Former French President Nicolas Sarkozy Is Detained in Campaign Financing Probe

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PARIS—Former French President Nicolas Sarkozy was detained for questioning by magistrates Tuesday as part of an investigation into alleged illegal financing by former Libyan dictator Moammar Gadhafi of his successful 2007 election campaign, a judicial official said.

The investigation centers on millions of euros in payments that investigators suspect Gadhafi may have made to Mr. Sarkozy’s campaign in the years leading up to his victory. The allegations first broke into public view in 2011, days before NATO countries launched a bombing campaign championed by Mr. Sarkozy to support rebels fighting Gadhafi’s government. Gadhafi’s son, Saif, said in a television interview at the time that “Sarkozy must first give back the money he took from Libya to finance his electoral campaign.”

Tuesday’s interrogation marks a crucial step in a multiyear probe that has led investigators hunting for evidence in the rubble left by Libya’s chaotic civil war. Many potential witnesses were either killed or living in countries beyond the reach of French authorities. Investigators had yet to question Mr. Sarkozy, preferring instead to gather evidence that could support the allegations against him.

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The allegations against Mr. Sarkozy gained momentum in April 2012, shortly before Mr. Sarkozy lost his re-election campaign to François Hollande. The French website Mediapart reported on a document allegedly drafted by the head of Libya’s intelligence service in December 2006 pledging to provide €50 million ($61.7 million) for Mr. Sarkozy’s campaign. Mr. Sarkozy has said the document is a forgery, but it became a crucial piece evidence in the French investigation.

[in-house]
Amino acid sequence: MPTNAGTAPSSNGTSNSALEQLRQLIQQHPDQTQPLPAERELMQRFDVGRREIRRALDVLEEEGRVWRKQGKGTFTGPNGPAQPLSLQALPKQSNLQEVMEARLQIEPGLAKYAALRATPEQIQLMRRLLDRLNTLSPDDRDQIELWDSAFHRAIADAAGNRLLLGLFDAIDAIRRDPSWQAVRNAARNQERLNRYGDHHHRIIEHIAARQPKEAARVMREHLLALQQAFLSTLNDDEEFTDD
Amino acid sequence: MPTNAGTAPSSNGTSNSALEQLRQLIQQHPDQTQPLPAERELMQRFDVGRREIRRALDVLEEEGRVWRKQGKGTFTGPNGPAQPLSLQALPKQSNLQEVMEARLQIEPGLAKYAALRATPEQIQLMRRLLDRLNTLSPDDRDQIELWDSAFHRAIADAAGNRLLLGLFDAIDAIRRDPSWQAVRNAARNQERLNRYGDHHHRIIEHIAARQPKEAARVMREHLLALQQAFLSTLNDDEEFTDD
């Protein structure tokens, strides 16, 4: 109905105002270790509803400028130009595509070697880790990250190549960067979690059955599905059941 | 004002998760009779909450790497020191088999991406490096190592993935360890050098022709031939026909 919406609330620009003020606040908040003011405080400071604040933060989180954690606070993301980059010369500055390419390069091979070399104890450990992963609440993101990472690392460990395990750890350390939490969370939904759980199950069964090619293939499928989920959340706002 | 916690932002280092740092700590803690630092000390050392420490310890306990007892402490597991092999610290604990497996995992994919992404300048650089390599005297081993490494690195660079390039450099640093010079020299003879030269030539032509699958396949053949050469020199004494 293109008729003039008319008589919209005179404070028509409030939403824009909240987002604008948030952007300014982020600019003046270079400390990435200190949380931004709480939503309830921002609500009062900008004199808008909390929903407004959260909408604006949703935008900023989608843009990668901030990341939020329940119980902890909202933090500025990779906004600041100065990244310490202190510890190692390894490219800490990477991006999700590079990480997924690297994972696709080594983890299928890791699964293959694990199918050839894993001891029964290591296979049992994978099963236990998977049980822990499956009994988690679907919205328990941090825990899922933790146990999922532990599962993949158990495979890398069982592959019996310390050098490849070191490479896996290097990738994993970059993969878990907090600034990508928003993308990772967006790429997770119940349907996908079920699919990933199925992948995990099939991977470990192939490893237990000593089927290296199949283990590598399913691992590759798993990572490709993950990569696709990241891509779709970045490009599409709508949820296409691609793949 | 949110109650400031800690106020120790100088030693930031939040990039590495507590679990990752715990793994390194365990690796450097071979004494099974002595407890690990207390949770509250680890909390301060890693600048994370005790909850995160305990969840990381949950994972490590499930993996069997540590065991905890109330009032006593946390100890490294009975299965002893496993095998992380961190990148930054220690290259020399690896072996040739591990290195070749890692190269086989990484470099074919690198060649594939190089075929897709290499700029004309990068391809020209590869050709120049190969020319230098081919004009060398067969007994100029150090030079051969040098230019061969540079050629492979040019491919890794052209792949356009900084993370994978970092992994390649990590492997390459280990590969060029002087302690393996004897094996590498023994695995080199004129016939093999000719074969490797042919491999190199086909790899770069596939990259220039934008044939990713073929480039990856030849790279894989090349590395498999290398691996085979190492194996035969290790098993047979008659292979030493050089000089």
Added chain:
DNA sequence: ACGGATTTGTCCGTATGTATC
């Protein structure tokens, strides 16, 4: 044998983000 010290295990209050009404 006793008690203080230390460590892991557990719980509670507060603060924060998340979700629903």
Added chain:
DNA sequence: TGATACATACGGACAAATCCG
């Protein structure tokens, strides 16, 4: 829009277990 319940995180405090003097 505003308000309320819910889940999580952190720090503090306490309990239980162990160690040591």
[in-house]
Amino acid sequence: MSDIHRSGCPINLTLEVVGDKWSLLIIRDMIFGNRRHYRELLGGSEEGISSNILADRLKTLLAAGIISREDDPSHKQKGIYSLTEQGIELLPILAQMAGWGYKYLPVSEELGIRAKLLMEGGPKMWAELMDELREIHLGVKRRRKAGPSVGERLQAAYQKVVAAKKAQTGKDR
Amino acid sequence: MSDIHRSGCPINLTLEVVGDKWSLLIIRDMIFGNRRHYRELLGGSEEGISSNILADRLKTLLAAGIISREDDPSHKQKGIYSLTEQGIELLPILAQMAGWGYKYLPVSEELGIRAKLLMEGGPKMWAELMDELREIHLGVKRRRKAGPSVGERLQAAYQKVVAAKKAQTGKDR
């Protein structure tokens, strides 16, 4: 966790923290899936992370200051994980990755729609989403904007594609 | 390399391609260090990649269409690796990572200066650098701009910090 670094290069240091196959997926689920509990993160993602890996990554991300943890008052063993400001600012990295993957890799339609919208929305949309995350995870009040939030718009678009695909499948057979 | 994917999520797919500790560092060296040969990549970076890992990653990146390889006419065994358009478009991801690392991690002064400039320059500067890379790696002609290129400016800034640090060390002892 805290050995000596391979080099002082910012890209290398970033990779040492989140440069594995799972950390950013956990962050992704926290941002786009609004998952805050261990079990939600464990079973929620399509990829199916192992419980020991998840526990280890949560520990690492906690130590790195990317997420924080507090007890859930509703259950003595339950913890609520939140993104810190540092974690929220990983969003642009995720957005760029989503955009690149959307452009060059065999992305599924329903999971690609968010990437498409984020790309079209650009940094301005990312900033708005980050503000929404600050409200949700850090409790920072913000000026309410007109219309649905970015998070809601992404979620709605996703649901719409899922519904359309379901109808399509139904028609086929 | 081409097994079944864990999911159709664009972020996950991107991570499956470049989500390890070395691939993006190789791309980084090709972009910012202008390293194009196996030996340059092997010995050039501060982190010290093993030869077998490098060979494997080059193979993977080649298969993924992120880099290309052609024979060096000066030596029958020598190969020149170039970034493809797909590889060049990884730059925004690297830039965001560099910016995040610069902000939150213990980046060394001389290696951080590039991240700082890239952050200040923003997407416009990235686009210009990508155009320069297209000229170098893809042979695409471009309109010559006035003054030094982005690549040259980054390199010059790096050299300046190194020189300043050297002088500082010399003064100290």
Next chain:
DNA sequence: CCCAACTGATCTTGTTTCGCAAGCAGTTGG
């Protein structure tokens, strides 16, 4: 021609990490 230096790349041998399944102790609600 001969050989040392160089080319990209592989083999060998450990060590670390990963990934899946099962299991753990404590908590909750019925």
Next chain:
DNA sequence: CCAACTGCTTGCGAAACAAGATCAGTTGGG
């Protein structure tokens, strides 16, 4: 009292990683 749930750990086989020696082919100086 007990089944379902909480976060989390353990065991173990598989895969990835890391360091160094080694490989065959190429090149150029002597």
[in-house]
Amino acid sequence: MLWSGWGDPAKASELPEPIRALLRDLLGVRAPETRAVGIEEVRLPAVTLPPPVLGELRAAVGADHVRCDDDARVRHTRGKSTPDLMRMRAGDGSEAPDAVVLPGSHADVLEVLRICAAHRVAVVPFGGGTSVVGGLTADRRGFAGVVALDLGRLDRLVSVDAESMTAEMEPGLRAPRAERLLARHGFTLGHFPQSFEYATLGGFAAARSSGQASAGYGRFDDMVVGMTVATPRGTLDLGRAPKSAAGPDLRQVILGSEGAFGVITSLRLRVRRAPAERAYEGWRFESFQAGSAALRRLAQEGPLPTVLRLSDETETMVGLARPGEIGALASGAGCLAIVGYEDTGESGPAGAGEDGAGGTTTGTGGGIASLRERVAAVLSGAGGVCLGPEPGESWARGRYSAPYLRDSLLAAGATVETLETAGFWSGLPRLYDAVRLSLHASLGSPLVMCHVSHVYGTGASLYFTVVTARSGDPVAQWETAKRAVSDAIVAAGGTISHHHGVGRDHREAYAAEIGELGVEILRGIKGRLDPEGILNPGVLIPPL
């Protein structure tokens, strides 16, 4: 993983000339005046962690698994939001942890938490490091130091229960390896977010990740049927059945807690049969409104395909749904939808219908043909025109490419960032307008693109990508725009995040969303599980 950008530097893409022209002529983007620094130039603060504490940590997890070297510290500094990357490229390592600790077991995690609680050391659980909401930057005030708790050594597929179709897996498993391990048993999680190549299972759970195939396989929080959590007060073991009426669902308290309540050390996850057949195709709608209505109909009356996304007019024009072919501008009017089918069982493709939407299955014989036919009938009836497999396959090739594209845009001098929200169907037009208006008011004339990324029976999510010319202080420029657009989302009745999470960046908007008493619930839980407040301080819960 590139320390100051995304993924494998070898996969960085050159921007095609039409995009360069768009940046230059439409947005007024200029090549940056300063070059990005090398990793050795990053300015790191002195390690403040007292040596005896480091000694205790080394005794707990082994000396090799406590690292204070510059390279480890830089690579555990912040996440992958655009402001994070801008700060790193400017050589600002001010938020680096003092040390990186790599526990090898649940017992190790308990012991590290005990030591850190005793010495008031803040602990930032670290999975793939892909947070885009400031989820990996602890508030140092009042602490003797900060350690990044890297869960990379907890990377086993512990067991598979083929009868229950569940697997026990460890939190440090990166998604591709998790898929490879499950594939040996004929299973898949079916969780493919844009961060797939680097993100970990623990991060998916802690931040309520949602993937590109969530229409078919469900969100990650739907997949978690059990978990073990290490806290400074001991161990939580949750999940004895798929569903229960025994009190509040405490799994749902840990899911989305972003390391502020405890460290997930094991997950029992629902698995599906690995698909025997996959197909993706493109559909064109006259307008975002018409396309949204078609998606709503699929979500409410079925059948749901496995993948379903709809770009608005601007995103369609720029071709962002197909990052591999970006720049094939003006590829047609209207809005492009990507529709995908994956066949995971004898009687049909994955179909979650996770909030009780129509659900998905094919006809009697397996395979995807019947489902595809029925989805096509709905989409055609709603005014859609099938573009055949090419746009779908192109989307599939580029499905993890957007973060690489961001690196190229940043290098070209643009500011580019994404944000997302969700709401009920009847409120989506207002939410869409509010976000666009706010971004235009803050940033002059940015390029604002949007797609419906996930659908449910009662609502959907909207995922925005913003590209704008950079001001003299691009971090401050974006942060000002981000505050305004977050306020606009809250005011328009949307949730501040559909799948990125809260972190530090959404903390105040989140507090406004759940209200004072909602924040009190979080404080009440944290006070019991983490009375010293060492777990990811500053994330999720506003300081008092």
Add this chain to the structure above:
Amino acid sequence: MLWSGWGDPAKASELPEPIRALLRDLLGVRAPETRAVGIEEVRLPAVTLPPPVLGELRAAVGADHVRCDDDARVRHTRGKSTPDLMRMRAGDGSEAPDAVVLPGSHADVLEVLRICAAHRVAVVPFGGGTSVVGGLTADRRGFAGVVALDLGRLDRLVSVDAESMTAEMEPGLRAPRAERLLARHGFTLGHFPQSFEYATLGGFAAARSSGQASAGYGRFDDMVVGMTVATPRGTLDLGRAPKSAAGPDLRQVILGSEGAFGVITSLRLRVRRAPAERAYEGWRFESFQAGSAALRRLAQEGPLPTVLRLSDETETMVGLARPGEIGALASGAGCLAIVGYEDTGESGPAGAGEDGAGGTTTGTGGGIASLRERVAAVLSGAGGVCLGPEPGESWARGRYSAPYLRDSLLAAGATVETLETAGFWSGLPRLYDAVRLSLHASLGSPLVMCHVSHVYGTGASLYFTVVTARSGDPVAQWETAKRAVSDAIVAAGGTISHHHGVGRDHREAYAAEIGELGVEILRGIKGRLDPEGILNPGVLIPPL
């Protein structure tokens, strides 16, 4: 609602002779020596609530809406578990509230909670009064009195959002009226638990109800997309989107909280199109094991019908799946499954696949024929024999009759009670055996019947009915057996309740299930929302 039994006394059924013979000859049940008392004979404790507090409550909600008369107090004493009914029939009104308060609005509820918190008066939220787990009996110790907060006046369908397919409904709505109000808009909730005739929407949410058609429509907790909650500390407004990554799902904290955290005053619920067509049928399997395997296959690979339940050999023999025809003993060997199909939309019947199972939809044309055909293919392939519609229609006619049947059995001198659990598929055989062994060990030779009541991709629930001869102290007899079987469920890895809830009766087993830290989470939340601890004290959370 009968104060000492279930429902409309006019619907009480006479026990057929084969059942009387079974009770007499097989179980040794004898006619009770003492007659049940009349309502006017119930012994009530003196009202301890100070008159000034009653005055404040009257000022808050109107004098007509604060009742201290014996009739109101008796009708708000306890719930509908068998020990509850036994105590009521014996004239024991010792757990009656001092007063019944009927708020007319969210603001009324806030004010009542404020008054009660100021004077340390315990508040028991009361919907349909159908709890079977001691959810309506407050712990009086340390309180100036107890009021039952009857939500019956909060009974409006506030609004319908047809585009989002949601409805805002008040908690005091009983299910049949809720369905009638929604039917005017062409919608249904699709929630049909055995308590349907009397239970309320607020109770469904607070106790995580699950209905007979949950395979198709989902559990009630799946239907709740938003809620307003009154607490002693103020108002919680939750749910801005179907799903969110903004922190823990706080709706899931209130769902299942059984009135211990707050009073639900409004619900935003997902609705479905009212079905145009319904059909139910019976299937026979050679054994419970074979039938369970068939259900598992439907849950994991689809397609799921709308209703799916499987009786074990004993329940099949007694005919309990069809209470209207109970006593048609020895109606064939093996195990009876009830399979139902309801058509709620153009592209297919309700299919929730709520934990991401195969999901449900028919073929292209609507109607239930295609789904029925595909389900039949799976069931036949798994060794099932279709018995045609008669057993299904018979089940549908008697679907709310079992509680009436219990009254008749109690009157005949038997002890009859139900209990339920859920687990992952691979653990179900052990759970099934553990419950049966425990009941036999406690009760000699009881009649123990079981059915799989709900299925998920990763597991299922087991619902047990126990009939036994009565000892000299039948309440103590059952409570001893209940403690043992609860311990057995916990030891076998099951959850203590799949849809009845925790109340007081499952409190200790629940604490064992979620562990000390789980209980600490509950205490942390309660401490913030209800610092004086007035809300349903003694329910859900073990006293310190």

Investigators have also been examining allegations made by Ziad Takieddine, a businessman and associate of Mr. Sarkozy, that he helped set up payments between Libya and Mr. Sarkozy’s campaign.

For years, the probe has been stymied by two problems: Investigators couldn’t find evidence of whether the payments were made or how the money was potentially used by the Sarkozy campaign. It is unclear if Tuesday’s developments indicate that investigators have made a breakthrough on either front.

In a television interview in 2012, Mr. Sarkozy dismissed as “grotesque” allegations that he received financing from Gadhafi. “If he had financed it I wouldn’t be very thankful,” Mr. Sarkozy said. A lawyer for Mr. Sarkozy couldn’t be reached for comment Tuesday.

In a separate case, Mr. Sarkozy has been ordered to stand trial over allegations he broke campaign financing rules by overspending in his failed re-election bid in 2012. He has denied being aware of any overspending in that campaign.

In 2016, Mr. Sarkozy again sought election, running in the center-right primaries. But he was defeated in the first round of voting.

Write to Matthew Dalton at Matthew.Dalton@wsj.com and William Horobin at William.Horobin@wsj.com

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